India, China play down border standoff, flag meeting likely today
A flag meeting between Indian and Chinese commanders is likely in the sensitive Ladakh sector on Tuesday to ease tensions along the Line of Actual Control (LAC) following a border squabble last week, sources said.india Updated: Sep 15, 2015 01:05 IST
A flag meeting between Indian and Chinese commanders is likely in the sensitive Ladakh sector on Tuesday to ease tensions along the Line of Actual Control (LAC) following a border squabble last week, sources said.
A sense of unease gripped the LAC, prone to violations by the Chinese, after Indian forces on Friday flattened a one-room shed constructed by Chinese troops inside what India considers to be its territory in the Burtse region.
But a flare-up was avoided as both sides stuck to protocols for maintaining border peace.
The flag meet, a mechanism to resolve frontier issues, could be held either at Daulat Beg Oldie (DBO) or at Chushul, a source said.
“It wasn’t a face-off but we don’t want such things to fester,” he said.
China too said there was no face-off between the two sides, seeking a "clarification" from India on the incident.
"As far as I know there is no such faceoff in the border area," Chinese foreign ministry spokesperson Hong Lei told reporters in Beijing.
He said Chinese troops were carrying out their duties on their side of the LAC. China was committed to border peace and stability, Lei added.
New Delhi and Beijing signed a new boundary pact in October 2013 to ensure peace and stability along the LAC, but the cycle of border violations continues to be an old irritant in bilateral ties.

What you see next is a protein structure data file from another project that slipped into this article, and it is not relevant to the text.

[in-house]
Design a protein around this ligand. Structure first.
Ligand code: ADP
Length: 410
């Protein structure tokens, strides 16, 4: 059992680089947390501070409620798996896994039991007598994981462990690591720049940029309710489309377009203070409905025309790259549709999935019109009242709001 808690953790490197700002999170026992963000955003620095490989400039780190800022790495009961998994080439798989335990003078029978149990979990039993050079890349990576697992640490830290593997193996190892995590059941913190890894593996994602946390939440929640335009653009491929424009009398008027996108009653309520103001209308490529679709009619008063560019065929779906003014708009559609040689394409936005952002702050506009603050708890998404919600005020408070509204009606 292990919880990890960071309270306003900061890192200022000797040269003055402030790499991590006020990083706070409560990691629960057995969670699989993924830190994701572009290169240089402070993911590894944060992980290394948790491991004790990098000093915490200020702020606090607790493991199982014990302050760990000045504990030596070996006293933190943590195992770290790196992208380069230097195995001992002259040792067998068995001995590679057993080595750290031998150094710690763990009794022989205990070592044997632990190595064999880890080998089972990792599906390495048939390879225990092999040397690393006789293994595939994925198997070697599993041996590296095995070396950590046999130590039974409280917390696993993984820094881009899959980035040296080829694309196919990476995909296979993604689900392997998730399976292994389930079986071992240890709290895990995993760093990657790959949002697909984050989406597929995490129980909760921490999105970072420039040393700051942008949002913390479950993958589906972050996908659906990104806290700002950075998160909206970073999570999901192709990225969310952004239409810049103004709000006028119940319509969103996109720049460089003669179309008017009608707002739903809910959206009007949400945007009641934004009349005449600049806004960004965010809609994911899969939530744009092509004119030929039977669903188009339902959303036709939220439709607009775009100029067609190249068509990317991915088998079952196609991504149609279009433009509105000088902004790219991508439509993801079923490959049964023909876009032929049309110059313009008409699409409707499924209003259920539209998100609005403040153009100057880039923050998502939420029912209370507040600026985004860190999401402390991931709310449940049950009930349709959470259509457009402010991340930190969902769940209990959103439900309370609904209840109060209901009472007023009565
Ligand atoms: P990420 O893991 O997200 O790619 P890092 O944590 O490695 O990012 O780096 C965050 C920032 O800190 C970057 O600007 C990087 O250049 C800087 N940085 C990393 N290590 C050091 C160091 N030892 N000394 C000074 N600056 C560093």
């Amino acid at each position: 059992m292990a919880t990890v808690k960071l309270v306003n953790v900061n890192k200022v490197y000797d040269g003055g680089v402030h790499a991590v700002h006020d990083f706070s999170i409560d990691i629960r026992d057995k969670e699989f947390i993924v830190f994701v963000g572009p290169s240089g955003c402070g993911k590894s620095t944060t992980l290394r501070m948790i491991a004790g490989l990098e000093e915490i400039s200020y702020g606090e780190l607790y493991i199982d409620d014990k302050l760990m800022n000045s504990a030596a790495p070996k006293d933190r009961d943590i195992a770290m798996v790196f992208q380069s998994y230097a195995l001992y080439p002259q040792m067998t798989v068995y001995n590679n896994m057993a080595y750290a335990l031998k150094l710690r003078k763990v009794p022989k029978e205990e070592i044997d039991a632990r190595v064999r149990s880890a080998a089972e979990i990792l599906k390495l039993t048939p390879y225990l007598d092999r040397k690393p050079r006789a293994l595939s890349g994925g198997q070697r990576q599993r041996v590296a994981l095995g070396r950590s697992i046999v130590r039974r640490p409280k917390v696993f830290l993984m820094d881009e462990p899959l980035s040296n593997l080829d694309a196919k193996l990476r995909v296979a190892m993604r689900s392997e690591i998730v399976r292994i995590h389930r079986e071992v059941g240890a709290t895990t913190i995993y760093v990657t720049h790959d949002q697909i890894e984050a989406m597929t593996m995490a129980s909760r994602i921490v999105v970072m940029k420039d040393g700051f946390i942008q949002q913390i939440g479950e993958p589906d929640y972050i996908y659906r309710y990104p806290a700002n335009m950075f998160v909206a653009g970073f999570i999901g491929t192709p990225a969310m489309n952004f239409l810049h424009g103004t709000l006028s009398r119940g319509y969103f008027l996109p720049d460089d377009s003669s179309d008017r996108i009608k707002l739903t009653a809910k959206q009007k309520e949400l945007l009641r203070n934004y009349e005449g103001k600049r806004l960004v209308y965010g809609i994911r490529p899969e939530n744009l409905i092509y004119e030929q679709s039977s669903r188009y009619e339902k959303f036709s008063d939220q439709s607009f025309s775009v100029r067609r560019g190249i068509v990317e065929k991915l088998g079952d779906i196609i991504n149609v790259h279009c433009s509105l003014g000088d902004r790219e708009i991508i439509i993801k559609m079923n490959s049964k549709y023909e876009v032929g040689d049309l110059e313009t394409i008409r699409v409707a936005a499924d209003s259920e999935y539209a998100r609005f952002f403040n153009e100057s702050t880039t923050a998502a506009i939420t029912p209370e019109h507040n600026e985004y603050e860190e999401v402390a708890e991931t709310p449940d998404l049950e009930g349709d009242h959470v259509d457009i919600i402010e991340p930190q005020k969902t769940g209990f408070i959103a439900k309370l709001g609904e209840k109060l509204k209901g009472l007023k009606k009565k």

A border personnel meeting between India and China took place at DBO for the first time on August 15.
The Indian Air Force has landed its special-mission planes at the 16,614-foot landing strip in the area, the world’s highest military airfield– barely 8km from the LAC– on several occasions despite resistance from China.
India currently restricts its surveillance in the Ladakh sector to a self-imposed “patrolling limit” ranging between 2km and 20km inside New Delhi's perception of the LAC, which witnessed a series of Chinese incursions that have caused friction between the two countries.
The development on Friday came exactly a year after a tense standoff in the Chumar sector between the two armies that was triggered when Indian forces found Chinese troops had deployed heavy machinery to construct a temporary road inside Indian territory.